Inside his Los Angeles studio, Mark Bradford talks mythology, the civil rights movement and the urban jungle in his latest paintings, ahead of his exhibition ‘Cerberus’ at Hauser & Wirth London, 2 October – 21 December 2019. Fundamental to Bradford’s work is a process of layering. Just as the very fabric of each painting is formed from strata of pigmented paper which are scored, lacerated and stripped away, Bradford collides a multiplicity of references in his new works.
For the title of the exhibition, Bradford engages the many headed dog guarding the entryway to Hades, Cerberus. This mythological creature is a particularly resonant metaphor for Bradford, who has always been fascinated by interstitial spaces and figures. A consistent source of inspiration for the artist, mythology is a space in-between fact and fiction, history and imagination.
Another point of departure in developing the new works is the riots in Los Angeles known as the Watts Rebellion, which flared up in August 1965 and raged over six days. Bradford has long been interested in the ways in which populations, and particularly marginalised communities, are contained through the infrastructures of the urban environment. Developed using map-like grid motifs, ‘hot spots’ embedded into the surface of the artist’s paintings evoke the reports on the riots commissioned by the California Governor’s office in 1965, entitled ‘Violence in the City – An End or a Beginning?’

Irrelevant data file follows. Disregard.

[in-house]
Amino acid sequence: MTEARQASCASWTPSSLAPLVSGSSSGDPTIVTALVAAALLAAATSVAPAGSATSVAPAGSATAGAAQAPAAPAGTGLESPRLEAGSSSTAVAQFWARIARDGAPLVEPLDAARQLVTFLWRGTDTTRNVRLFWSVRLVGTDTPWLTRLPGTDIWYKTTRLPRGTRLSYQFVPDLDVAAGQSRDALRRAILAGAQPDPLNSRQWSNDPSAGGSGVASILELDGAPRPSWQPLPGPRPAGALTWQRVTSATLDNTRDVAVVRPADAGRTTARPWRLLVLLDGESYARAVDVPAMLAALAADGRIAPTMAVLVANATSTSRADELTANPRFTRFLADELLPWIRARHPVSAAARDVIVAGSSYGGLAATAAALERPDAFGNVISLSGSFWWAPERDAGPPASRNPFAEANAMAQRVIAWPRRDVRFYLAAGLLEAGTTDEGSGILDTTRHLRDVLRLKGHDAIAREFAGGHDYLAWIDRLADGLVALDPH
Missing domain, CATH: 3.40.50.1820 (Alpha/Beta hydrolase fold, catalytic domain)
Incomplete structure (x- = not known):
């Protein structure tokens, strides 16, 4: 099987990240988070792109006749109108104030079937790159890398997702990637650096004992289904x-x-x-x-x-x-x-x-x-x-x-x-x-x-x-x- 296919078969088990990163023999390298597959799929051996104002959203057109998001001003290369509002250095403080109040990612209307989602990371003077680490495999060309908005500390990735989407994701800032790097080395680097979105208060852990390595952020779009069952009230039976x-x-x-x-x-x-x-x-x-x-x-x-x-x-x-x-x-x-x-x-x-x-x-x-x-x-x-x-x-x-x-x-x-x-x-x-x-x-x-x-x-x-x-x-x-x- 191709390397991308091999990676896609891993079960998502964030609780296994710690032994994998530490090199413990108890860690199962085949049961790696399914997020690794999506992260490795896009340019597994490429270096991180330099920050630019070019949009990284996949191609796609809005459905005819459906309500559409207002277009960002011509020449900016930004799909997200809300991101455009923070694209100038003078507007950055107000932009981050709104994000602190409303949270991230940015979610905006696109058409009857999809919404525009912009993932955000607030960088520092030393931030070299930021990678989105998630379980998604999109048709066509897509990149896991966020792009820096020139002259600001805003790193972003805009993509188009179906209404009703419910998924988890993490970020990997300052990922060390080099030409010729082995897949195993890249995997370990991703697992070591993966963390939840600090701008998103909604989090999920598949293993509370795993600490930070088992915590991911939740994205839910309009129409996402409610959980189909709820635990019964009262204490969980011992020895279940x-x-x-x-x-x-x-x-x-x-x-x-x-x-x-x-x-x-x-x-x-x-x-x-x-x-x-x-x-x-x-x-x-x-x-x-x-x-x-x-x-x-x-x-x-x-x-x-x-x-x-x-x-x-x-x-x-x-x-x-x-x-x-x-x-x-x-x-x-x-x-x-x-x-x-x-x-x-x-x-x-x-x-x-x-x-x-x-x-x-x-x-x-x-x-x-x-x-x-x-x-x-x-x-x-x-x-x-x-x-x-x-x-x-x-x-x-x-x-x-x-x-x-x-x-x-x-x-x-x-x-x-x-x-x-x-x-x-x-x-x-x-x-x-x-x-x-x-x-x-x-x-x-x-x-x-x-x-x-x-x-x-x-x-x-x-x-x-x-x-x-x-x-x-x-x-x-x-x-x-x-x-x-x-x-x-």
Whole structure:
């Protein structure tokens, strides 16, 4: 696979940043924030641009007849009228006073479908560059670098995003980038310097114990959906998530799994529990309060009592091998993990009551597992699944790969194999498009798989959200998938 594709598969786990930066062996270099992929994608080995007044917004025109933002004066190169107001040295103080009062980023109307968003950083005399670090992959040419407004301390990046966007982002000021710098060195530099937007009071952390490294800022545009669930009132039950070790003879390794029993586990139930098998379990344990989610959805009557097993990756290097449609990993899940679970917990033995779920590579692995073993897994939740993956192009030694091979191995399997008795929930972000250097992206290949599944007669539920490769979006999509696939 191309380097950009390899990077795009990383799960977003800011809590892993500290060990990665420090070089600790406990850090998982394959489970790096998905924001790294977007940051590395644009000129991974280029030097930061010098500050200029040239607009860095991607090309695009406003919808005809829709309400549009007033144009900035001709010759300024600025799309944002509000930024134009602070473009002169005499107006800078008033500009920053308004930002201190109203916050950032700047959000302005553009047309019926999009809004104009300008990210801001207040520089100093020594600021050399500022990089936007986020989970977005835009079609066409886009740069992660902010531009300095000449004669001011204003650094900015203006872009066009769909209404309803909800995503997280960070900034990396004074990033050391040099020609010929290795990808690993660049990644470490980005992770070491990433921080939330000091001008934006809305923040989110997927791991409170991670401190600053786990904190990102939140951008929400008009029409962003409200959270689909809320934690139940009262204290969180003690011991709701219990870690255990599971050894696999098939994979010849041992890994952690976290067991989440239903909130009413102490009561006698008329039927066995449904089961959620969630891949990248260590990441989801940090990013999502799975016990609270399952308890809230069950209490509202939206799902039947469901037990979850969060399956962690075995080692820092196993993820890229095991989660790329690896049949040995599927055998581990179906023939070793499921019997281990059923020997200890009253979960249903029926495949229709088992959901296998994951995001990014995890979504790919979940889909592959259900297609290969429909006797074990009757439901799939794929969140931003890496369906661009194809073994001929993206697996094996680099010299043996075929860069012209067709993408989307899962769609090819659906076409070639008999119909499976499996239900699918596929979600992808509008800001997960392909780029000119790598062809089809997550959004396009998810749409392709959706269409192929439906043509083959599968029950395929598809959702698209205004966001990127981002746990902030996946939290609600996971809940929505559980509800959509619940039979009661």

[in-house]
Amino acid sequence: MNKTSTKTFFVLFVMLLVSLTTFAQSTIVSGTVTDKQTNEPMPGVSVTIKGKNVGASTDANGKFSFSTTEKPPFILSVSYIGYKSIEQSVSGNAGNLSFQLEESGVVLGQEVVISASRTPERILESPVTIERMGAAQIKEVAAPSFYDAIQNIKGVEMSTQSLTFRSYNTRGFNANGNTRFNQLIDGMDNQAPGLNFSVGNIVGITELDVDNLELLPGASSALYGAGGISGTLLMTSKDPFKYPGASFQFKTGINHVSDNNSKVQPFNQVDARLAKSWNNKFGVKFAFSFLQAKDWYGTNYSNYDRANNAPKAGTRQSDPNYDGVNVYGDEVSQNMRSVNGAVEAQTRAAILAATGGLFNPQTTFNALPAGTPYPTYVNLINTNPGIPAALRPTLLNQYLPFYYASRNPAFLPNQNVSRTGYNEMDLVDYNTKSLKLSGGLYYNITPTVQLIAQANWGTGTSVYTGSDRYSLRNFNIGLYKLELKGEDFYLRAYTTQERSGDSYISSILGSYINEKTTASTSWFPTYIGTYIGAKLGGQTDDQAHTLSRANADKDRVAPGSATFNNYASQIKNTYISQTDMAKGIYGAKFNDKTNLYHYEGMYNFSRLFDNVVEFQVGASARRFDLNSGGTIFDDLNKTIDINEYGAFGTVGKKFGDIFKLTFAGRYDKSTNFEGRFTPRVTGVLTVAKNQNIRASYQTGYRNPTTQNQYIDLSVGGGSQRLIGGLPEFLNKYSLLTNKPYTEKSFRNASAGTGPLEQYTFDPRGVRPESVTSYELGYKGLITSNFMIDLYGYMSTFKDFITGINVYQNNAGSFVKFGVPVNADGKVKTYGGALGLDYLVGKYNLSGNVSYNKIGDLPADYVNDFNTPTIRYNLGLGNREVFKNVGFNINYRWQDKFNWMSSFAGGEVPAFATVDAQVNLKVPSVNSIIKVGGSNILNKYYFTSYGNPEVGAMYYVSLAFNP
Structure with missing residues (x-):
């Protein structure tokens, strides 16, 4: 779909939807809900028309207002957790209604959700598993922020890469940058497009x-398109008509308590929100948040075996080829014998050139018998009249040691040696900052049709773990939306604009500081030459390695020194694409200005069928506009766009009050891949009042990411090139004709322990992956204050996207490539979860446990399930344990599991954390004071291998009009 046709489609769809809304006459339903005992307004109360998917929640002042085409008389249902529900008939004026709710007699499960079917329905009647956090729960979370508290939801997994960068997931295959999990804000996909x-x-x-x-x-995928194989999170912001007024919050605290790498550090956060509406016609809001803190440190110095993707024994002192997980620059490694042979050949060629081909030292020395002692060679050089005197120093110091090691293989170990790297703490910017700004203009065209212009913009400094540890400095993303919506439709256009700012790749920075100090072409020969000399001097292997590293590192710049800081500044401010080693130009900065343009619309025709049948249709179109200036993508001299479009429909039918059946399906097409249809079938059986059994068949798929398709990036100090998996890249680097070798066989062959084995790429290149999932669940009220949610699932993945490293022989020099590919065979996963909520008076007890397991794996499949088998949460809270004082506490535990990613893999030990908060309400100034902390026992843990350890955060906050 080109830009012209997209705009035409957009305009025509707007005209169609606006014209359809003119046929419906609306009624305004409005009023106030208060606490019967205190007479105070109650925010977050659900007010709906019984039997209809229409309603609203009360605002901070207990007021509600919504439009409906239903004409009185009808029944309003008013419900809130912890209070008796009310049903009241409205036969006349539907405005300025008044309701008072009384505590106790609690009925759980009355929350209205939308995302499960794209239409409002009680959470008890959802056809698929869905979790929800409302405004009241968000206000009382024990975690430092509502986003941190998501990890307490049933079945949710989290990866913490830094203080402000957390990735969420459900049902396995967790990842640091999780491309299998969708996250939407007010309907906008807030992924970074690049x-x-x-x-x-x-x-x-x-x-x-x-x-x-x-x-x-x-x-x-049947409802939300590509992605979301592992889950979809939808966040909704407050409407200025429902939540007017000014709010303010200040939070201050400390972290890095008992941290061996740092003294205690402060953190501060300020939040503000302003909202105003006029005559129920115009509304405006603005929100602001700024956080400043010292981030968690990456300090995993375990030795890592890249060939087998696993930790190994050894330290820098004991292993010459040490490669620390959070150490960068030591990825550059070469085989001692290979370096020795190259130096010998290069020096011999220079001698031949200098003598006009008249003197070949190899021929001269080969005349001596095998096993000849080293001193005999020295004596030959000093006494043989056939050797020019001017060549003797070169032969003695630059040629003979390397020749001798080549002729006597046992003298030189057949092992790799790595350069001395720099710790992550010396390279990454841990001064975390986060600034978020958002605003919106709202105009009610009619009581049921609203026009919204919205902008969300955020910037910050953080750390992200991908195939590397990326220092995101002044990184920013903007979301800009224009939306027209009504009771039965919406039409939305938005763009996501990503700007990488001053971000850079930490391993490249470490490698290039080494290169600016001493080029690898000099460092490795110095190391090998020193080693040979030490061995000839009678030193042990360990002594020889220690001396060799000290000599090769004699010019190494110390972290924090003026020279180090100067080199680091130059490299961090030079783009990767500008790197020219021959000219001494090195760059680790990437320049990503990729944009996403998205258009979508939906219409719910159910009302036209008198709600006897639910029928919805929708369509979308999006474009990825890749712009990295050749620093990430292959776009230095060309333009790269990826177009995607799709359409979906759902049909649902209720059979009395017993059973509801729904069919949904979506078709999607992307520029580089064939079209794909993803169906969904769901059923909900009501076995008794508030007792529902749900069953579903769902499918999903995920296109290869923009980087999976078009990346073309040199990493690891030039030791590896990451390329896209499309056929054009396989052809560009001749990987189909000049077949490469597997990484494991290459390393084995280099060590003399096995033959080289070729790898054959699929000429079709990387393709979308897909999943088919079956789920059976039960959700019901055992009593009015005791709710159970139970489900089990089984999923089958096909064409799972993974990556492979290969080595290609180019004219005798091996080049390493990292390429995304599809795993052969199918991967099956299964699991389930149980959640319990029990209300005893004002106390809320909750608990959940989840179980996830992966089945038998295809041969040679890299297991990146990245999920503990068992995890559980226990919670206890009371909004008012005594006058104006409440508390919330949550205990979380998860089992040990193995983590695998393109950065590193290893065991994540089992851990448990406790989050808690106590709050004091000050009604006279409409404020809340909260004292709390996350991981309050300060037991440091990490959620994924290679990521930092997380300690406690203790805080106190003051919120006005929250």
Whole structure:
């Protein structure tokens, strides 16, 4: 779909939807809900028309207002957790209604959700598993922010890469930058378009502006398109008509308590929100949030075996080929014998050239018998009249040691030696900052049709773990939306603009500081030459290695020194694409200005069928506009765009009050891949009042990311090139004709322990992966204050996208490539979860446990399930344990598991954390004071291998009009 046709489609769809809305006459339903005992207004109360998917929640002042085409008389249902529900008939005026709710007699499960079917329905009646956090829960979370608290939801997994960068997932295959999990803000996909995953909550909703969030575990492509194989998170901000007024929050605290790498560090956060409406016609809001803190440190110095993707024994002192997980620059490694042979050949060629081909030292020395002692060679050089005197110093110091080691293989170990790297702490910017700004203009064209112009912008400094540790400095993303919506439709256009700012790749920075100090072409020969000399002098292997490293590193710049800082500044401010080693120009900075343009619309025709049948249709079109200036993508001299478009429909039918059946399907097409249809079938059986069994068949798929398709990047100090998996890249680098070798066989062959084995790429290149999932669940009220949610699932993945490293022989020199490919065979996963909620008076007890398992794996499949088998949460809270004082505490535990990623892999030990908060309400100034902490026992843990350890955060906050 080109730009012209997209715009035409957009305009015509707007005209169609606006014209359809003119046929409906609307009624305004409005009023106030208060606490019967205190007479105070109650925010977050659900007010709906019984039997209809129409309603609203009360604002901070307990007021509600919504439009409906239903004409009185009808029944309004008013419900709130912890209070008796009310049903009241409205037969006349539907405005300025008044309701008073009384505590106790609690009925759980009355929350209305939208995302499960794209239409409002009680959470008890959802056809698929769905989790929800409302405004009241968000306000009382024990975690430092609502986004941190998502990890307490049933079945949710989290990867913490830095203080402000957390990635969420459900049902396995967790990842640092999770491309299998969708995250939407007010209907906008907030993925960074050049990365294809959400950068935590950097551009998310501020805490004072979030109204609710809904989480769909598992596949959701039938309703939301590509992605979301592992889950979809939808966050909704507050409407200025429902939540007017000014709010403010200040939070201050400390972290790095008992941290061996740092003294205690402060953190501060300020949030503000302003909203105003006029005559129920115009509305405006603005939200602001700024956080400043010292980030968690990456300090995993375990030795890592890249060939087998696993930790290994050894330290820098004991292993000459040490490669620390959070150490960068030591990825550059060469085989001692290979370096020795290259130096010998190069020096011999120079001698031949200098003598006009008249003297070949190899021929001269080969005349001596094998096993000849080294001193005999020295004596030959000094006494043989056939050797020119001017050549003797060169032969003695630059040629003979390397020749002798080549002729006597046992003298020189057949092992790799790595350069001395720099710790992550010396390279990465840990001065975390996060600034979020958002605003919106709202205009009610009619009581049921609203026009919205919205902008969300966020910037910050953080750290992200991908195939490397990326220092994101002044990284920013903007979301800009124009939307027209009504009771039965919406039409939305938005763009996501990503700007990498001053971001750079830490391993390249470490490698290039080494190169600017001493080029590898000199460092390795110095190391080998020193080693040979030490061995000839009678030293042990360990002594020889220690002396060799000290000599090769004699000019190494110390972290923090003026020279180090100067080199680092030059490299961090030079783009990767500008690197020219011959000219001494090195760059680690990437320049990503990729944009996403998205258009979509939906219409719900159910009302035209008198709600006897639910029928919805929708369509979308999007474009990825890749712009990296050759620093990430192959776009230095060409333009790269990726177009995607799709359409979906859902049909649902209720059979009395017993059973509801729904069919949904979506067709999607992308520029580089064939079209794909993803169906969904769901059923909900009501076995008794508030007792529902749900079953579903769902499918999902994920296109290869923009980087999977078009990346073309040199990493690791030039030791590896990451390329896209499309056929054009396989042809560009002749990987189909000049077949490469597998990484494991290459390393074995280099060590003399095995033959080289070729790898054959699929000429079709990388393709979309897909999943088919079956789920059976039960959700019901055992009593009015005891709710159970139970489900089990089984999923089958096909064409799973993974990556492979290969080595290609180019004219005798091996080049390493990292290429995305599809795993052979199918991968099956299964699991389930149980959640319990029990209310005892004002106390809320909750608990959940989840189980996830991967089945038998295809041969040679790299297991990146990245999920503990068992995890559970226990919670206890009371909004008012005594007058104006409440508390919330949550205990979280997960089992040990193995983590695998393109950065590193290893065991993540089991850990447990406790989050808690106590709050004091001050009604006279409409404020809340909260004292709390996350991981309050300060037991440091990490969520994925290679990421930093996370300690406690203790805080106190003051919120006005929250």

The video installation ‘Dancing in the Street’ (2019) features the iconic song penned by a trio of songwriters including Marvin Gaye, recorded by Martha and the Vandellas in 1964. This film takes the context of the civil rights movement at the time the hit song was released, layering the black-and-white footage of the band’s live performance onto landmarks of the industrial area of South Los Angeles where Bradford’s studio is located. As Bradford explains, ‘I’m taking a very old recording and projecting it onto buildings that in 1965 would have been burned down. It’s like recalling the spirit of that place, and at the same time inserting another history on top of it.’
Rooted in Bradford’s visceral approach to his materials, new works featured in the exhibition display an increasingly fluidity of form and composition and development in his visual language. The resulting surfaces are alive with webs, intersecting networks and liquid reflections as the topological grids of the city increasingly dissolve in his abstract compositions. Bradford describes, ‘It felt like the urban grid gave way to almost like an urban jungle. The land took back the city. Half-temple. Half-nature-reclaiming-it. Half-civilization.’
Extending across the entirety of the gallery’s spaces, ‘Cerberus’ is Mark Bradford’s first exhibition at Hauser & Wirth in London, 2 October – 21 December 2019.